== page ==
Poker is a card game of chance that involves betting and strategy. It originated in the American frontier, where it was popular among riverboat crews and later became a staple in Wild West saloons. Its popularity grew, thanks to its spread up the Mississippi River and throughout the country. Its reputation as a game of chance and luck has earned it the label of a game of pure luck, but there is also a lot of skill involved.

During each betting interval (determined by the rules of the poker variant being played) players must place chips in the pot, representing their contributions to the overall sum of all bets made. Each player must have a total contribution to the pot equal to or greater than that of the player before him in turn, or face having to fold his hand.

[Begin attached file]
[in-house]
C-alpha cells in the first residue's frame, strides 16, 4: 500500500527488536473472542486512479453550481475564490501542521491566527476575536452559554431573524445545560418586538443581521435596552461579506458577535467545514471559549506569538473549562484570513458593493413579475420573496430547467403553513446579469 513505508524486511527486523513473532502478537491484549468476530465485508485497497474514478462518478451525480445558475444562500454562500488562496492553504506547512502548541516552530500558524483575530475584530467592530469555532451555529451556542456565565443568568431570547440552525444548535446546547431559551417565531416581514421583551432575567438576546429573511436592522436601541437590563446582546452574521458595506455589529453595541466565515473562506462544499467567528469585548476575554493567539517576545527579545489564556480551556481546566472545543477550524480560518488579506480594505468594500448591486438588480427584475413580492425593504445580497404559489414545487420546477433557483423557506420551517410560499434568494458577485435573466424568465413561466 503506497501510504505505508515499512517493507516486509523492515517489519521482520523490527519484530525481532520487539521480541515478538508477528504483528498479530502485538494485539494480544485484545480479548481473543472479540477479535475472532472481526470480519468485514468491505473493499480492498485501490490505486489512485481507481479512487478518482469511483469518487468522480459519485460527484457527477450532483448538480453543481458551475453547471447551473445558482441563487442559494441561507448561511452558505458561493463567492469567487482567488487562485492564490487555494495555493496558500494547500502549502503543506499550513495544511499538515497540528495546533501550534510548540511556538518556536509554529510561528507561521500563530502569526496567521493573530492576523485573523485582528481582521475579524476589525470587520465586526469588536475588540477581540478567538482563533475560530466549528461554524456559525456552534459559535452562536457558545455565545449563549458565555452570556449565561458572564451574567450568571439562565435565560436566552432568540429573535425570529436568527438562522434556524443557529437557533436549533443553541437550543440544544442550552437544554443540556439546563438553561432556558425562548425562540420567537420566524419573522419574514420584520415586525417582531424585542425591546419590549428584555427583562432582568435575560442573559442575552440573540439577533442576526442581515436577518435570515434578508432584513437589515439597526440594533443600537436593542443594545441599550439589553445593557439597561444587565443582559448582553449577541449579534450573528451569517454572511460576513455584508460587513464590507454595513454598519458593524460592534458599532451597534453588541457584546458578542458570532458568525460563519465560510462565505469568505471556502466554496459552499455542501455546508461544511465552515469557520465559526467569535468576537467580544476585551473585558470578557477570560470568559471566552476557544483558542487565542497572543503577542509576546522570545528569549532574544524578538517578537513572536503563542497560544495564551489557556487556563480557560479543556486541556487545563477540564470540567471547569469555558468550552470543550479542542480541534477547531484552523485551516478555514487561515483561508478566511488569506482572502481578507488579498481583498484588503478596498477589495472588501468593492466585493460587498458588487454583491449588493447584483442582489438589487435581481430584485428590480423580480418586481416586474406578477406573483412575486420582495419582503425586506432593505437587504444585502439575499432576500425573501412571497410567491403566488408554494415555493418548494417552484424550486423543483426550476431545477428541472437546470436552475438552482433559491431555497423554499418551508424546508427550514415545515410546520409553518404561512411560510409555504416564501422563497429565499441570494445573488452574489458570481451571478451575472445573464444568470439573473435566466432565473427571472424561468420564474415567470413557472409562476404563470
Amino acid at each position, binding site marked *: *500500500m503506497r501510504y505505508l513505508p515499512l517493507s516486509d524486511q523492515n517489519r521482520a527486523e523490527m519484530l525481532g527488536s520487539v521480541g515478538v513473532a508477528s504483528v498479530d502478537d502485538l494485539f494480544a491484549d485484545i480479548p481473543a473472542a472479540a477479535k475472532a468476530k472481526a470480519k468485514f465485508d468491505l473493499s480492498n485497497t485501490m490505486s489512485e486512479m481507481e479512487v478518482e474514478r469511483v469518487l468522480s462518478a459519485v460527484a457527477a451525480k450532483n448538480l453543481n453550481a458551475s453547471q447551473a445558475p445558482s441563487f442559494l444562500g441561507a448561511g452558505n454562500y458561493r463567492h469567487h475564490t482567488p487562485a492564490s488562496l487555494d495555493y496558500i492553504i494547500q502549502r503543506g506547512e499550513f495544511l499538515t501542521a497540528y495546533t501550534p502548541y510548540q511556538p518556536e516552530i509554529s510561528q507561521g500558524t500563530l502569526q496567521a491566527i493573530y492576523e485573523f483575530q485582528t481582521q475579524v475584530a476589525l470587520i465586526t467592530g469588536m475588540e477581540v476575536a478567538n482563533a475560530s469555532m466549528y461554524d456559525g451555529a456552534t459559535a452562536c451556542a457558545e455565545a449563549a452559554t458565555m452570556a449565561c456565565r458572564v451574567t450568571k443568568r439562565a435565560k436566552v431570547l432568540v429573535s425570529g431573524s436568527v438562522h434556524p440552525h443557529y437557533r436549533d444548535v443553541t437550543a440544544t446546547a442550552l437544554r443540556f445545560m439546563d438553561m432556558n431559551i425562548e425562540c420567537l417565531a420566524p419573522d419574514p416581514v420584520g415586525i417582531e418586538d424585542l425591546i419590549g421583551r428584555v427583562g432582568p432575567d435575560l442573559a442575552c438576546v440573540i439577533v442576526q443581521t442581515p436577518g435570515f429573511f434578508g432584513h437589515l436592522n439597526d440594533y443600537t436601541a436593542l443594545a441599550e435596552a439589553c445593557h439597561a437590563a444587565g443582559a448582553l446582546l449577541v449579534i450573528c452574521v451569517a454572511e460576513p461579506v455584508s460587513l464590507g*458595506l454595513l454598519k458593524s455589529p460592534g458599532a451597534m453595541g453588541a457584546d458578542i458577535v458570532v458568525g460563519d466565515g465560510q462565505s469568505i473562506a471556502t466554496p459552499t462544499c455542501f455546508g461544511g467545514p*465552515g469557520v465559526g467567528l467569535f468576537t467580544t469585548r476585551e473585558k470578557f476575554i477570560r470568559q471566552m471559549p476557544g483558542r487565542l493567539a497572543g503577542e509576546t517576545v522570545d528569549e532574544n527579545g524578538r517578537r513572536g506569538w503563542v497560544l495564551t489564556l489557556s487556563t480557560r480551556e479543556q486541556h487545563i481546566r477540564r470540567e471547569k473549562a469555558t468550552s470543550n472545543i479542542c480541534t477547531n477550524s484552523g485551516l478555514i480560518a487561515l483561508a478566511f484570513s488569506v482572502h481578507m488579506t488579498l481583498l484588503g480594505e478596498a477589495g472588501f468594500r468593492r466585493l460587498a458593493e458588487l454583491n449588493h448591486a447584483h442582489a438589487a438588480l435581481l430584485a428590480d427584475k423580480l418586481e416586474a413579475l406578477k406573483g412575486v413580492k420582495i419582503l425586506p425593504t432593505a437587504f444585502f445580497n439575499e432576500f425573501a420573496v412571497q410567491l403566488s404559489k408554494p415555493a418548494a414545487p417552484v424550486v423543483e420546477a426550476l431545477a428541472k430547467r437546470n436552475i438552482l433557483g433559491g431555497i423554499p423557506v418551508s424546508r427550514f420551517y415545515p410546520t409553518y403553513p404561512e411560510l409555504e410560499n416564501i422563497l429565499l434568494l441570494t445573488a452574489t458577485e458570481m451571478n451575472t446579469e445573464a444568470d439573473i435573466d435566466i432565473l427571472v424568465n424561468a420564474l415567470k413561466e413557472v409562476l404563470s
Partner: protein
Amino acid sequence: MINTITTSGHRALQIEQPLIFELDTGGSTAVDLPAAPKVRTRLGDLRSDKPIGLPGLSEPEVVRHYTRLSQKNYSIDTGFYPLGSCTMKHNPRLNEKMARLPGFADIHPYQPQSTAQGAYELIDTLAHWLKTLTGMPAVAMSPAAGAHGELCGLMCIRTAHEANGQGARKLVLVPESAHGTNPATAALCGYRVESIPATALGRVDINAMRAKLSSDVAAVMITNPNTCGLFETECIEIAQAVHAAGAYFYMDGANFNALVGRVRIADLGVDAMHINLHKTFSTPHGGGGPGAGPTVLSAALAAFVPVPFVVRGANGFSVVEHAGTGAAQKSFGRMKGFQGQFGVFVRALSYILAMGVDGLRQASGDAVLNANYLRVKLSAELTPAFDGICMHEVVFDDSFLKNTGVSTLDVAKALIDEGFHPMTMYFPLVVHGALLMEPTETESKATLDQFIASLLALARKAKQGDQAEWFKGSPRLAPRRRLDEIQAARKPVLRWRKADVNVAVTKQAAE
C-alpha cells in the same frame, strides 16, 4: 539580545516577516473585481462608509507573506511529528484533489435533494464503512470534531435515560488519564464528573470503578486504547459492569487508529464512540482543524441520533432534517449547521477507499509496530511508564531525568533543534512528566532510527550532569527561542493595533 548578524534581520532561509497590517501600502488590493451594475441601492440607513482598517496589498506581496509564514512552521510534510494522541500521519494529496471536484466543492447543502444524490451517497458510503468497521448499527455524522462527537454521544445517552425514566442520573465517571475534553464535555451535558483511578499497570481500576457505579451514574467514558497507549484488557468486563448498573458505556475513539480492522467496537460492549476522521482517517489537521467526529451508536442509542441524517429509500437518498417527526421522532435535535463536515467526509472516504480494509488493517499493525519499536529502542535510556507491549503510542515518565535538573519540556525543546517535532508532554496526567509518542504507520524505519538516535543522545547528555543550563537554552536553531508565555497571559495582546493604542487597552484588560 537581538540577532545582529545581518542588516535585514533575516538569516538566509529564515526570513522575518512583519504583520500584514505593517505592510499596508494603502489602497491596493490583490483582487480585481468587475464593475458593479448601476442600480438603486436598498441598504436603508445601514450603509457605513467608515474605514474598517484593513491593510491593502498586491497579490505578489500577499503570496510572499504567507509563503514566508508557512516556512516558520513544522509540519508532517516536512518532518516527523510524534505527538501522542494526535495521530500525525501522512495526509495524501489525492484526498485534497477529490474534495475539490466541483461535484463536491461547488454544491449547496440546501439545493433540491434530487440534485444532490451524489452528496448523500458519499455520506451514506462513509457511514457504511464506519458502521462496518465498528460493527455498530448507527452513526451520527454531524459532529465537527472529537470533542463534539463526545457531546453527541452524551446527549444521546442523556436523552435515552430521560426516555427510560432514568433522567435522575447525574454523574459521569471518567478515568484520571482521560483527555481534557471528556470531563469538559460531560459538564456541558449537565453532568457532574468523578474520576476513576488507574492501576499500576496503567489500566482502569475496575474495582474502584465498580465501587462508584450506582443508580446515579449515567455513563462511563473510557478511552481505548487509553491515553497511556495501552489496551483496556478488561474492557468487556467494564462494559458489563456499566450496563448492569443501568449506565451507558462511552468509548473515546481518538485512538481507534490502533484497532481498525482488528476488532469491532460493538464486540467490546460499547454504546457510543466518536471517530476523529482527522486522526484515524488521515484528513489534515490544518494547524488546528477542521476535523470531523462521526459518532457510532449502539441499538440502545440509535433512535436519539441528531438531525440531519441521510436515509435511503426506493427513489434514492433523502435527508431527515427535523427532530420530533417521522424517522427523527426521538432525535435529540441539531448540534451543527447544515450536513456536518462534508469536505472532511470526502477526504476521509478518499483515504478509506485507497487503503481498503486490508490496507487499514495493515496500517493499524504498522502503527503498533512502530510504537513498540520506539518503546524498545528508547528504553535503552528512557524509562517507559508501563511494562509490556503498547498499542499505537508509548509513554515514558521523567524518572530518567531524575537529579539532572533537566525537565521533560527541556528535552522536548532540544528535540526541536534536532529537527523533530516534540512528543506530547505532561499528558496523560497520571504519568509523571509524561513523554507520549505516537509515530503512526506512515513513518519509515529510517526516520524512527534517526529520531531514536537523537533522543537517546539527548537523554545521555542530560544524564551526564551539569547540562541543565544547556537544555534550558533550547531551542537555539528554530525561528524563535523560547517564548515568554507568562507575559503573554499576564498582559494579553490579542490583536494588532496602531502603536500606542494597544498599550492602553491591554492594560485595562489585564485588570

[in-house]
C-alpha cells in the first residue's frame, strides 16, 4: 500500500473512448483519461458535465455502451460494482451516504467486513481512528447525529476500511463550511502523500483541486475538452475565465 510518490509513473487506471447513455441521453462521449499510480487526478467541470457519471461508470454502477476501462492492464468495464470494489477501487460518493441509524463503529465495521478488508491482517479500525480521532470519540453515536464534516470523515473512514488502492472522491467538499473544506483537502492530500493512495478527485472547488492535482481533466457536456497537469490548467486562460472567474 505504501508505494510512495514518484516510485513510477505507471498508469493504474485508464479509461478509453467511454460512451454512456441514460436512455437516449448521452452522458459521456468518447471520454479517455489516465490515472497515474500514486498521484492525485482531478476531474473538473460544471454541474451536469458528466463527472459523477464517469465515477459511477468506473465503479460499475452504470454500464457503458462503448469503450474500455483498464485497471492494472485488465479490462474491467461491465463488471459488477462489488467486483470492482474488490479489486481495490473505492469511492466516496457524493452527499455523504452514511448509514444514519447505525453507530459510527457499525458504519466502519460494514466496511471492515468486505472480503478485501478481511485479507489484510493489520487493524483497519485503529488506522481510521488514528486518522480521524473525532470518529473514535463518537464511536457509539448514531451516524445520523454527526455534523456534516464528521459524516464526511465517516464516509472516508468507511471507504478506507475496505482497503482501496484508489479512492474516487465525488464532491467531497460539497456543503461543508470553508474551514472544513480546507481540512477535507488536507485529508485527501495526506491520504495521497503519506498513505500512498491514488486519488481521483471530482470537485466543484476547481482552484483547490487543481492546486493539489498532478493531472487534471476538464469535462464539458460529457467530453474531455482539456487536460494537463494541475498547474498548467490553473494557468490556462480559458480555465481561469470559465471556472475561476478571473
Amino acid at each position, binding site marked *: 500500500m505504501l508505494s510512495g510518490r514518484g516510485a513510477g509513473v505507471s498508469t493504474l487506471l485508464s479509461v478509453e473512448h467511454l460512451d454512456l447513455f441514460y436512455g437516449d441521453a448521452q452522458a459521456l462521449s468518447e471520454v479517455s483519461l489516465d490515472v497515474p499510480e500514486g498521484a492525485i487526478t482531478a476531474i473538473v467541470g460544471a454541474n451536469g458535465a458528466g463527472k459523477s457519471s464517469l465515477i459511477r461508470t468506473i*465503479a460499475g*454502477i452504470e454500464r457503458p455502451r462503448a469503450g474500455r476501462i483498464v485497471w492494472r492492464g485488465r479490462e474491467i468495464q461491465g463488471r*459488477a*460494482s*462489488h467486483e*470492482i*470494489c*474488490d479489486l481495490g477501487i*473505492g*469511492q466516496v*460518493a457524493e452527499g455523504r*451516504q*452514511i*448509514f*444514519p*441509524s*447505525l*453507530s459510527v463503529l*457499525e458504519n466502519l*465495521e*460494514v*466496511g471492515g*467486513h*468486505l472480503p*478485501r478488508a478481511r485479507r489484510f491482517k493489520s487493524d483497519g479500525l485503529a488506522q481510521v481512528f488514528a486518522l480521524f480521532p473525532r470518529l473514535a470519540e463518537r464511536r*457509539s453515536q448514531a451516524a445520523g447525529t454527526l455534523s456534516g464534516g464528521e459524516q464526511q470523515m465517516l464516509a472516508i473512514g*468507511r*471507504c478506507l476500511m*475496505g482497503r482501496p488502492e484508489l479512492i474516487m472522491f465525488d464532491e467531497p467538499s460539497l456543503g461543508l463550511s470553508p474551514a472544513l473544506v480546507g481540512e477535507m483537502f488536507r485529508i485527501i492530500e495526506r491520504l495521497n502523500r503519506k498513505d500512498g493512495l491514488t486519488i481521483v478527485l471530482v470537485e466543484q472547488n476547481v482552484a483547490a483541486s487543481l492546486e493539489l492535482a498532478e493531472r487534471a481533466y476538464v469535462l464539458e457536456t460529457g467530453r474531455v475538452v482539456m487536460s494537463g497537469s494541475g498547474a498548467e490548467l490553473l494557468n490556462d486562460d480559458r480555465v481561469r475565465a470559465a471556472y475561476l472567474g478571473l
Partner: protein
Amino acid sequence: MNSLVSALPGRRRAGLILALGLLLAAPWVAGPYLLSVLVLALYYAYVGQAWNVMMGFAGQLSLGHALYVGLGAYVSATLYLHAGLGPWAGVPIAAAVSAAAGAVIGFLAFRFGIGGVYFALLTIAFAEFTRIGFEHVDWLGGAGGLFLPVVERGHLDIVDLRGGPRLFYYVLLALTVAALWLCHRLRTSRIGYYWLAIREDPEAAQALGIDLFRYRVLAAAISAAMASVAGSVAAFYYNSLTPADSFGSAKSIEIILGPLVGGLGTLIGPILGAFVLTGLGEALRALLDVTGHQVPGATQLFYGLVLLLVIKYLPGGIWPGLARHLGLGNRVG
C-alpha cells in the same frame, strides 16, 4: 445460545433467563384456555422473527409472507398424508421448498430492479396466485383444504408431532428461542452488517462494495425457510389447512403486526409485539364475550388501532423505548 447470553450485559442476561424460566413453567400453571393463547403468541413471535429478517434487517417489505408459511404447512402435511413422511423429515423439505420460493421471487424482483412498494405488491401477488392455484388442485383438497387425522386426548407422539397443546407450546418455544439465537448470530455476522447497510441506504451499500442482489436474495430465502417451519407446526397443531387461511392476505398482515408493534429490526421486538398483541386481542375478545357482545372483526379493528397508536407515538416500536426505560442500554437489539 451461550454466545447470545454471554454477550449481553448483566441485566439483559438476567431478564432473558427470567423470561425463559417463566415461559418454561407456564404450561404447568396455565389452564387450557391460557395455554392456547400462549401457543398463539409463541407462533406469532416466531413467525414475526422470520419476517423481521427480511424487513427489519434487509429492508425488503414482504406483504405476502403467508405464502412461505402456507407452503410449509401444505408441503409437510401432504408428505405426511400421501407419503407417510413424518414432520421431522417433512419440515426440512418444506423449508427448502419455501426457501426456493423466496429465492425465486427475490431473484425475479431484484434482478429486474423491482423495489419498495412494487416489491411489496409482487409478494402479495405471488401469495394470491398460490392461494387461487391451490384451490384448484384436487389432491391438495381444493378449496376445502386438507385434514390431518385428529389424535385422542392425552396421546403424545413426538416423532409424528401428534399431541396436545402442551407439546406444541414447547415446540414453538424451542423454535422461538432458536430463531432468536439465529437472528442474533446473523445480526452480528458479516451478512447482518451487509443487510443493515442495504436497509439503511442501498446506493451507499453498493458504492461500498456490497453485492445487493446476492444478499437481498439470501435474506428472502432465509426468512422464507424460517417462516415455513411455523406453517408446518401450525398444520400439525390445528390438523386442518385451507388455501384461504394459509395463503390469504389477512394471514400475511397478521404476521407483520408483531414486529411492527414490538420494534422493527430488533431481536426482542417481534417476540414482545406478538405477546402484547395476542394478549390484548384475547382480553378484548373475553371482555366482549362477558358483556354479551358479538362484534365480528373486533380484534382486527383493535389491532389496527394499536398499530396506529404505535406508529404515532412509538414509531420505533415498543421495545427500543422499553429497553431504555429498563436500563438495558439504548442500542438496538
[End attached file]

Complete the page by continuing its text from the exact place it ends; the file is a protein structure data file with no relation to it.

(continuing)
When playing poker, it is essential to be able to read the other players’ tells. This includes noticing their eye movements, body language, idiosyncrasies and betting behavior. Those who can read the tells of their opponents will be able to make better decisions about when to call, raise or fold.

If you know your opponent has a pair of weak cards, bet aggressively. There is nothing worse than losing a big hand to an opponent who just called a bet with a weak pair of unconnected cards.